2. Materials and Methods
The clinical trial was approved by an independent ethics committee of the university, with certification by the Institutional Review Board (IRB) approval number HK IRB 98-B-002. We performed this experiment from February 1, 2010 to January 31, 2011.
Participants were recruited for the study cohort from campus. Adolescent female students with dysmenorrhea volunteered as candidates and were screened by the doctor. All of the participants were required to complete a pretest questionnaire on their medical history and pain. The questionnaire investigated possible discomfort and other descriptions. The participants were also required to sign a consent form before any measurements were taken or FIRB was applied. The inclusion criteria for all candidates who participated in this study were as follows: older than 18; self-reported dysmenorrhea; no history of major gynecological disease or secondary dysmenorrhea; no pain medication taken in the 24 hours before receiving treatment. Only subjects on the first-to-third days from the onset of menses could be included in this study to treat with the FIRB. The carefully selected sample included forty young women with primary dysmenorrhea.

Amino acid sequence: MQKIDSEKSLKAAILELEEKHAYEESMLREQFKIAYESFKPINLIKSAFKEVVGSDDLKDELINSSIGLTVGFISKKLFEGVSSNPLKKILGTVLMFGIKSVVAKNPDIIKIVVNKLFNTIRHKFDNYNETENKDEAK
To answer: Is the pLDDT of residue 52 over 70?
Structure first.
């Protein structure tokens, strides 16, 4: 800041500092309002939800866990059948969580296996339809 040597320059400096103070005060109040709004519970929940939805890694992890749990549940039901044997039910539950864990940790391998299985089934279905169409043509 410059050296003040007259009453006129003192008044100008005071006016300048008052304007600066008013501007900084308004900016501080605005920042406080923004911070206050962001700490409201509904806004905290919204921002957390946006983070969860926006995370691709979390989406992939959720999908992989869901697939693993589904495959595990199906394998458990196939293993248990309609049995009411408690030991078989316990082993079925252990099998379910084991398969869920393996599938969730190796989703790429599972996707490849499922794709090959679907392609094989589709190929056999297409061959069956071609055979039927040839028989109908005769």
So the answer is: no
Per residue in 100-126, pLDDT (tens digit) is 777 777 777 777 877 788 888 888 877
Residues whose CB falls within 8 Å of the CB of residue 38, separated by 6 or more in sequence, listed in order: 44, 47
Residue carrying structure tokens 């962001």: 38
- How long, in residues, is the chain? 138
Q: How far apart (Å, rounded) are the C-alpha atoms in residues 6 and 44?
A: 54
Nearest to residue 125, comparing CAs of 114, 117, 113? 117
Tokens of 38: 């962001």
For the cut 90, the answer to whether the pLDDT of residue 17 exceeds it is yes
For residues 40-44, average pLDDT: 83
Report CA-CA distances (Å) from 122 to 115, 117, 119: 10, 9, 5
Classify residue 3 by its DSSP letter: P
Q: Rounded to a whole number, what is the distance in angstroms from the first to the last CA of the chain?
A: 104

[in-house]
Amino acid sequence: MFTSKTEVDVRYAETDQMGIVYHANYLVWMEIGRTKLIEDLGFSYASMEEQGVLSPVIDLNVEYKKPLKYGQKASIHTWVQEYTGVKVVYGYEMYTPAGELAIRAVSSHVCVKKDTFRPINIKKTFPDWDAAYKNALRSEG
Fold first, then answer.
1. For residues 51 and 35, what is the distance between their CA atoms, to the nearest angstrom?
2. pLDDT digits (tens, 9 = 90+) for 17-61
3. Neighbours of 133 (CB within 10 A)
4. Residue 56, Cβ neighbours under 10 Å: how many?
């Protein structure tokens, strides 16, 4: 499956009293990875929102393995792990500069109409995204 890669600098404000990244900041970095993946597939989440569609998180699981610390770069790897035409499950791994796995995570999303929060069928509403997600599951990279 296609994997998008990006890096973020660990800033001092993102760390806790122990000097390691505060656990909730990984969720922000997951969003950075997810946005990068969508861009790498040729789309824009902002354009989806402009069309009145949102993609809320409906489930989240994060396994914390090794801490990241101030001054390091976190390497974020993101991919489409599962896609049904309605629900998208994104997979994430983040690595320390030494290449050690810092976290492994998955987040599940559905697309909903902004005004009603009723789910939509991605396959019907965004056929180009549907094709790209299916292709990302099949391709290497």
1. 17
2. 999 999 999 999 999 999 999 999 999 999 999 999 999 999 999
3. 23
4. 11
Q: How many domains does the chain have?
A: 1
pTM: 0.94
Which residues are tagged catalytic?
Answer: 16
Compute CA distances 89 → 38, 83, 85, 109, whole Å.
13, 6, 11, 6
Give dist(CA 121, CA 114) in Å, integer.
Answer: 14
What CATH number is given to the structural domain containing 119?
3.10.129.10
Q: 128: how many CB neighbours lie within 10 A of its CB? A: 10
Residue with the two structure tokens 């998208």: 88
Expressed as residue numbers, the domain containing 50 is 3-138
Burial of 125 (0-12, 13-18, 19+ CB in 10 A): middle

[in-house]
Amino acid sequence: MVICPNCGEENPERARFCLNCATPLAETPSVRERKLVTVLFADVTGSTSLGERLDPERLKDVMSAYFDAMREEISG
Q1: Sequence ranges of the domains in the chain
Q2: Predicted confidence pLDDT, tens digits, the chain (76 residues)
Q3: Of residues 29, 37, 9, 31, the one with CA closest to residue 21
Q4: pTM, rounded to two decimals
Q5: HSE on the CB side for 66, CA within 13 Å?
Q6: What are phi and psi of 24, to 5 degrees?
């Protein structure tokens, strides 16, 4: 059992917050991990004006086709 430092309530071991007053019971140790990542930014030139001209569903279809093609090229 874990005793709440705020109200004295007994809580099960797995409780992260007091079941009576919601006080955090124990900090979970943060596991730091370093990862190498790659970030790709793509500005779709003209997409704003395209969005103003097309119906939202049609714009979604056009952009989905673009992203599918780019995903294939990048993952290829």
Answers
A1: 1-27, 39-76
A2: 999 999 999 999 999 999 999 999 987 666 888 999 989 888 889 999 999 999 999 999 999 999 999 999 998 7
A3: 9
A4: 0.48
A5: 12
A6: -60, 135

2.2. FIR-Emitting Belt
The FIR spectrum of thecarbon fiber fabric belt (30 cm × 60 cm as shown in Figure 1, THERMEDIC, LinkWin Technology Co., Ltd., Taiwan) used in this study was determined by a CI SR5000 spectroradiometer at the Industrial Technology Research Institute, Taiwan. The FIR energy generated from the carbon fiber belt at 50°C is 11.34 mW/cm2 by integrating the intensity of the wavelengths between 4 μm and 16 μm in Figure 2.
All measurements and procedures in this study were performed in a climate-controlled room at a constant temperature and humidity (23°C and 60% relative humidity). Before assessment, participants were required to lie down in this room to acclimatize to these indoor climatic conditions for 30 minutes . Participants were thermographed for the abdominal region by the Fluke Ti25 (Fluke Corporation, Everett, WA, USA). Their abdominal blood flows were measured by the MoorLDI2-IR laser Doppler imaging (Moor Instruments Ltd., Devon, UK) . Subsequently, they were asked to wear the FIRB on the abdominal region. Then FIRB was warmed to a temperature of 50°C to enhance FIR irradiation for 30 minutes. The second measurements of abdominal temperature and blood flow were performed after the application of FIRB.